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Student lands city economic development director post months before graduating

Armando Esparza has served his hometown of San Luis, Arizona, since January


Armando Esparza, 2024, Master of Public Policy, School of Public Affairs, San Luis, economic development, government relations

Armando Esparza is earning his Master of Public Policy degree in May 2024 from the ASU School of Public Affairs. Courtesy photo

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April 30, 2024

Editor’s note: This story is part of a series of profiles of notable spring 2024 graduates.

Armando Esparza attends a lot of meetings. It goes with his position as a city official.

Since January, he works a few days a week as economic development and government relations director in his hometown of San Luis, in southwestern Arizona just south of Yuma.

He also spends a few days in Phoenix, studying and tending to his fellowship, because despite having a very post-graduation-sounding job, Esparza is still a graduate student. He will earn his Master of Public Policy degree, with a certification in public administration, from the School of Public Affairs in May.

He said he accelerated his career by networking.

One of the prestigious ASU Marvin Andrews and Jane Morris Fellows in Urban Management, he made good on a goal to meet as many city managers as he could. An assistant city manager from San Luis encouraged him to apply for the director post.

His superiors thought he was ready, even a few months shy of earning his diploma. He’s working about 30 hours a week now, putting together the next fiscal year’s city budget.

Esparza, who also earned a Bachelor of Science degree in urban planning at ASU, said he will become a full-time employee after wrapping up his spring course work.

His job is primarily to lead the city’s efforts to attract new businesses from outside San Luis, expand ones that are already there and help local residents start businesses.

“We have employers big and small,” he said. “We have two industrial parks that are shovel ready. I make connections between the city and companies looking for new markets.”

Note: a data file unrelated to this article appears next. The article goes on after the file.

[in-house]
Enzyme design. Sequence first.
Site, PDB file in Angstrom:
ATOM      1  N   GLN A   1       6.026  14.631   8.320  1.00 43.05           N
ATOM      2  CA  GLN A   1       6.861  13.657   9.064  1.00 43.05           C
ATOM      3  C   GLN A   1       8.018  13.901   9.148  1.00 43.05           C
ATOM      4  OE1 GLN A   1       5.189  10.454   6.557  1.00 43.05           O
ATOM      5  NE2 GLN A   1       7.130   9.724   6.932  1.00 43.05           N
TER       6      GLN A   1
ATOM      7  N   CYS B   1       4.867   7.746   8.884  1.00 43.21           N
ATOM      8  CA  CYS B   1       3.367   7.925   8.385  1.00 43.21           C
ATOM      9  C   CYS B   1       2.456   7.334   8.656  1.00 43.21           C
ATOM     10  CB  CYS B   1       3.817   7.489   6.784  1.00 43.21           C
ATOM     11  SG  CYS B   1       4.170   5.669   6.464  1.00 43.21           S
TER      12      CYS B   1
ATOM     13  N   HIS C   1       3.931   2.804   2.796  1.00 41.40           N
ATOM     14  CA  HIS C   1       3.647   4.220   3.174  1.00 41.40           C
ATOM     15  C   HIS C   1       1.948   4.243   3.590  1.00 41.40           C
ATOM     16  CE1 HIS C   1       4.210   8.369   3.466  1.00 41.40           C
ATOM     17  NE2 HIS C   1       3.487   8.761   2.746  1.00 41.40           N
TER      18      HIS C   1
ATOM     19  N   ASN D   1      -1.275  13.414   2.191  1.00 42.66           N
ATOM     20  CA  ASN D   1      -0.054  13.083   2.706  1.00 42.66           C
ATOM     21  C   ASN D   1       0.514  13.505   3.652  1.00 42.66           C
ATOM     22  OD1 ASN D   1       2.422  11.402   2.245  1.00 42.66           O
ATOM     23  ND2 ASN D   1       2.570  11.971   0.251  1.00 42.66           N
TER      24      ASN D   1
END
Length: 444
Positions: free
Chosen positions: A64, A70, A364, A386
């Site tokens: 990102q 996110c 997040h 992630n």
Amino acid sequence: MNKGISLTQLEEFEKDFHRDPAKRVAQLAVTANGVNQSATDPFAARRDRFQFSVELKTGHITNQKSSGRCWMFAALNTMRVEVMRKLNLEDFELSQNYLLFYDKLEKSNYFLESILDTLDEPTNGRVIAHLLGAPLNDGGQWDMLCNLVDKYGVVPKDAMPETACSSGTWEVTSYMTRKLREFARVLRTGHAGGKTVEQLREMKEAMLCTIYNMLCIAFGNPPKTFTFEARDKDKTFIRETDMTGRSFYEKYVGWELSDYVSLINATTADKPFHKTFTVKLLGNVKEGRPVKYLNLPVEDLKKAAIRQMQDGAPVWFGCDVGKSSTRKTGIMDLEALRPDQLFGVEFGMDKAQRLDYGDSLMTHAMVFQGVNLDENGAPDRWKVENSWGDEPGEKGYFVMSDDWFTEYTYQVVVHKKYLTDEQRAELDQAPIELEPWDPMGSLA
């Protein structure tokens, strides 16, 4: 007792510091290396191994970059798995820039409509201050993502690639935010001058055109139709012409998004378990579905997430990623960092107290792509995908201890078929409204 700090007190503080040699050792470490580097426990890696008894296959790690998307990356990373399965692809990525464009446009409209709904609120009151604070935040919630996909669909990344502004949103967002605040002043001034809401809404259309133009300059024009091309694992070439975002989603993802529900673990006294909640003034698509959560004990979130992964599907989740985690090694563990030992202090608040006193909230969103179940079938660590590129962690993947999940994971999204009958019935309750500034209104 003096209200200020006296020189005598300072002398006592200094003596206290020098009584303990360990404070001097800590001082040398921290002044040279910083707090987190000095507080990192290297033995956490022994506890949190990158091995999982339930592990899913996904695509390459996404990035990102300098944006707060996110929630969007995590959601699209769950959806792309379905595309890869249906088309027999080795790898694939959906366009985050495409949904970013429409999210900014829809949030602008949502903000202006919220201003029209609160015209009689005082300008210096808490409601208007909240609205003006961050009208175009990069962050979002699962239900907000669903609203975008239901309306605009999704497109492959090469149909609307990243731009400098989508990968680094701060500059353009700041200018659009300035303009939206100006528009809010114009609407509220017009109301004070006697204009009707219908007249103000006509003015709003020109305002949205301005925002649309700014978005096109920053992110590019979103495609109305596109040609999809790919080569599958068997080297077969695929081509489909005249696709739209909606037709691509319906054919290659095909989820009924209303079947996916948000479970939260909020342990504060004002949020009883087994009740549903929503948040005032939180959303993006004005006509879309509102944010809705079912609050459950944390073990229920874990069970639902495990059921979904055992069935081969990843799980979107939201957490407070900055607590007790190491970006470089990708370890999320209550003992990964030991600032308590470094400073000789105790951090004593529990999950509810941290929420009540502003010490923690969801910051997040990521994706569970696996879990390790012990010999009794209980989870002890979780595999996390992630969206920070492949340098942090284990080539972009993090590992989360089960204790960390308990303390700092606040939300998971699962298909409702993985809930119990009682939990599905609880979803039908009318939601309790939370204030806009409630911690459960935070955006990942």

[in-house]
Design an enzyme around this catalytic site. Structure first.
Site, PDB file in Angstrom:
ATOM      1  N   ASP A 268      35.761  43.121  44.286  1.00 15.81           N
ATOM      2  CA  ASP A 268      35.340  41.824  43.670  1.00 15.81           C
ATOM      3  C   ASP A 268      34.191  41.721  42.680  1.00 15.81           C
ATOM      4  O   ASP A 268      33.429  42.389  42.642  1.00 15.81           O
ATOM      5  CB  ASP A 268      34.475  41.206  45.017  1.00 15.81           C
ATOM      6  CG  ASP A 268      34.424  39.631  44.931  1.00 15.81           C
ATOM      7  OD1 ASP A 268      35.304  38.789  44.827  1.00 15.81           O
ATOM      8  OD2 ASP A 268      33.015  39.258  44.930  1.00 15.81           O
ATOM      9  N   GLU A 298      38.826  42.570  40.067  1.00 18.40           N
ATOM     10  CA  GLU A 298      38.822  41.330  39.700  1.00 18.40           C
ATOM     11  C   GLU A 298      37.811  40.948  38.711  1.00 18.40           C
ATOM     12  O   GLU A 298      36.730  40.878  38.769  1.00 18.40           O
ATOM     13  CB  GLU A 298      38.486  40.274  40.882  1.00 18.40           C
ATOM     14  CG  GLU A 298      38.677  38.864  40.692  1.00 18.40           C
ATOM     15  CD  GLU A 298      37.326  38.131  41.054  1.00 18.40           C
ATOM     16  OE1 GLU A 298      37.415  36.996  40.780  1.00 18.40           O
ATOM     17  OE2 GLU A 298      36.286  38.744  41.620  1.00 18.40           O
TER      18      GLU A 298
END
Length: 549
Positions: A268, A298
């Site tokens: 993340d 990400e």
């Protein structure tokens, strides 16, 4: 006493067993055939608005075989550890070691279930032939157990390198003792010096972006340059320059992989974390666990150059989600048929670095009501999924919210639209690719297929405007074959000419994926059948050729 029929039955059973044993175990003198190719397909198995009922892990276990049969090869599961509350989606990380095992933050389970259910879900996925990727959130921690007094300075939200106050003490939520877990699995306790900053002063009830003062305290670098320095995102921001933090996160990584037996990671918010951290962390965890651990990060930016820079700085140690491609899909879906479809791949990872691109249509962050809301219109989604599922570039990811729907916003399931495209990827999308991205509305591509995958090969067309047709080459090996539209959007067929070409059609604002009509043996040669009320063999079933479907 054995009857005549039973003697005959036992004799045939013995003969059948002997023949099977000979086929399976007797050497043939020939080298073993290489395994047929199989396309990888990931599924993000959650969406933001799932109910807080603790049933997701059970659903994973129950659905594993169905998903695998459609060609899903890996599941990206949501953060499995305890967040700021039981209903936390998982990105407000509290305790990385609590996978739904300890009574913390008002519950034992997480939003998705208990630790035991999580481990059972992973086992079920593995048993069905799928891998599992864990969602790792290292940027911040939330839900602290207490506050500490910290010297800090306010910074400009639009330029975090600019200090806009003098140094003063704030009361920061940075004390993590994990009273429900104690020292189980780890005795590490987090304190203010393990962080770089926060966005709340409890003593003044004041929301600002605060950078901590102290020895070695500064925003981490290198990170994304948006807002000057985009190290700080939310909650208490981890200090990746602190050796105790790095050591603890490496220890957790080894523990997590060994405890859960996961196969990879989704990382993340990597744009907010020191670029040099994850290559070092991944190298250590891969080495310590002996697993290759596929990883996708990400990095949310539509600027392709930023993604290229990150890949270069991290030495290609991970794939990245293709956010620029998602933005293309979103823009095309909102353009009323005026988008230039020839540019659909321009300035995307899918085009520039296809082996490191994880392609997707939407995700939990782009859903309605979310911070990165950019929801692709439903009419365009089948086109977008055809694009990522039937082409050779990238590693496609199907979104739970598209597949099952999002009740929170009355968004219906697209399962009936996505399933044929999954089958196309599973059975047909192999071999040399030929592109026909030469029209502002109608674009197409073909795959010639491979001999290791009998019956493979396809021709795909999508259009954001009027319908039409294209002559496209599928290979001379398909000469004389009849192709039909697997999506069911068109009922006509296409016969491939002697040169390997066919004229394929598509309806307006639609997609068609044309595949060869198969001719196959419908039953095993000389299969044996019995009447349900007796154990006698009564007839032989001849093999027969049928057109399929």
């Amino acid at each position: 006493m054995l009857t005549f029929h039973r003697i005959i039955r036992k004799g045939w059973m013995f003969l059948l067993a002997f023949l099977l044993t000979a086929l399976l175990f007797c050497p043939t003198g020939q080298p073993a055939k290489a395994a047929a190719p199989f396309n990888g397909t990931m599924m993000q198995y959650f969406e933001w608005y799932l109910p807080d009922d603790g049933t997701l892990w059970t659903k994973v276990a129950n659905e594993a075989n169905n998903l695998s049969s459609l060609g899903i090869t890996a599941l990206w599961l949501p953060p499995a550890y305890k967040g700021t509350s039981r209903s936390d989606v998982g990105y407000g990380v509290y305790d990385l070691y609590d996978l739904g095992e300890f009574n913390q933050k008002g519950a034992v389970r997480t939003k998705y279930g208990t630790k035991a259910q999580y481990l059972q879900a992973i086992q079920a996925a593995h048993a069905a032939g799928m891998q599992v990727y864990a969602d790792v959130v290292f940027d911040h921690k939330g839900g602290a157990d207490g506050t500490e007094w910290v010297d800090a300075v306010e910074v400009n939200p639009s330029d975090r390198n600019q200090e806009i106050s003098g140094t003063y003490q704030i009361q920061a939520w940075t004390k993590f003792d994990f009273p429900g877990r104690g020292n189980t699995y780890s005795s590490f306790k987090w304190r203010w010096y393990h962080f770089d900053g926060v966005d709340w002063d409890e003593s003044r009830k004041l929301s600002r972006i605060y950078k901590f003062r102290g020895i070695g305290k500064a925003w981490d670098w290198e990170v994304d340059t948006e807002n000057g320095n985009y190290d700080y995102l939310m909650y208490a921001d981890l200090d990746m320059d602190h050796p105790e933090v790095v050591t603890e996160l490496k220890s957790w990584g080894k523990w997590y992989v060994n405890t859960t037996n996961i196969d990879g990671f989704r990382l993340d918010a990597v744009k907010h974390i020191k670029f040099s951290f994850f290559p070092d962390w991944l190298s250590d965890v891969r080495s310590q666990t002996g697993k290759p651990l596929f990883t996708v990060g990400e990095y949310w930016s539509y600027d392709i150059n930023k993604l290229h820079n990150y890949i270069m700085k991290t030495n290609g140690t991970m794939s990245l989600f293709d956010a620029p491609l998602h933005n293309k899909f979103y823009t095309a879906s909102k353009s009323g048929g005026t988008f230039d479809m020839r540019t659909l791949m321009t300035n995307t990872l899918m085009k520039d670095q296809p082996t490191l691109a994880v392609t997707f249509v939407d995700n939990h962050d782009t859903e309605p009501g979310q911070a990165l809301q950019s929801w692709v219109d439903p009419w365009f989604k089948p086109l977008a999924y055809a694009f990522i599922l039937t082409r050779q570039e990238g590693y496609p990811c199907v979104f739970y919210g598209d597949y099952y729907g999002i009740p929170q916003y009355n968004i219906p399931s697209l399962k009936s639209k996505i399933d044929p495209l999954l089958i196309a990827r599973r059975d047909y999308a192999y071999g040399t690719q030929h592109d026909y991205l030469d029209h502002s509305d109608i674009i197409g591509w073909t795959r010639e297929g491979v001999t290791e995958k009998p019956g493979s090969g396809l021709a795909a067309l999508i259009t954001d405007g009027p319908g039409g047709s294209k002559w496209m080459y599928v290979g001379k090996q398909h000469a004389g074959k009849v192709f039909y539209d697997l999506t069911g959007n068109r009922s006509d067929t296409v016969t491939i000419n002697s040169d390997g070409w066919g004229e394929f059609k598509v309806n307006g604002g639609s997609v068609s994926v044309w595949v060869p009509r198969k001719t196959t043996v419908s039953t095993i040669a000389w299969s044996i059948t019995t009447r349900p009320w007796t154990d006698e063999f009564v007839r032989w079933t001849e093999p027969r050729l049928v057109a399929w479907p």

In addition, Esparza tends to city infrastructure development initiatives and government relations, the latter especially when the Arizona Legislature is in session. But that function is also year round, as San Luis’ proximity to the U.S.-Mexico border, with two ports of entry, means the city of nearly 40,000 residents interfaces with many federal agencies.

San Luis’ population is comparable to the Arizona cities of Apache Junction, Kingman and Sierra Vista.

“We are not that small,” he said.

Because San Luis is smaller than Phoenix or Tucson, it offers a benefit for business those two big cities lack, Esparza said: Cheaper business costs.

“Land is a lot cheaper. Five dollars a square foot in those industrial parks with all utilities and roads included,” he said. “In Phoenix, something comparable would be $20. We are cheaper for businesses to operate.”

Although he grew up in San Luis, Esparza said it was a bit of an adjustment moving back after six years in Phoenix, when he was pursuing his two degrees at ASU. Even so, the transition back into San Luis’ familiar environment was likely easier for him than for an outsider working in the city for the first time, Esparza said.

“It’s exciting to work here,” he said. “It’s more special.”

Read on for more about Esparza’s ASU journey.

Note: Answers have been edited for length and clarity.

Question: What was your “aha” moment, when you realized you wanted to study the field you majored in?

Answer: I realized that I wanted to go into public administration after working in economic development at the state level. Local government is where it all happens. 

Q: What’s something you learned while at ASU — in the classroom or otherwise — that surprised you, that changed your perspective?

A: Learning about the role of the city manager in local government. It opened my eyes to a great profession and network here in Arizona.  

Q: Which professor(s) taught you the most important lesson while at ASU?

A: (School of Public Affairs) Professor of Practice Cynthia Seelhammer on city and county management and School for the Future of Innovation and Society Professor of Practice Luke Tate on economic mobility. 

Q: What’s the best piece of advice you’d give to those still in school?

A: Say yes to every opportunity and build your professional network. 

Q: As an on-campus student, what was your favorite spot to study, meet friends or to just think about life?

A: The Marvins' office at SPA (School of Public Affairs). 

Q: If someone gave you $40 million to solve one problem on our planet, what would you tackle?

A: I would tackle the problem of misinformation, trying to make our communities good consumers of information. 

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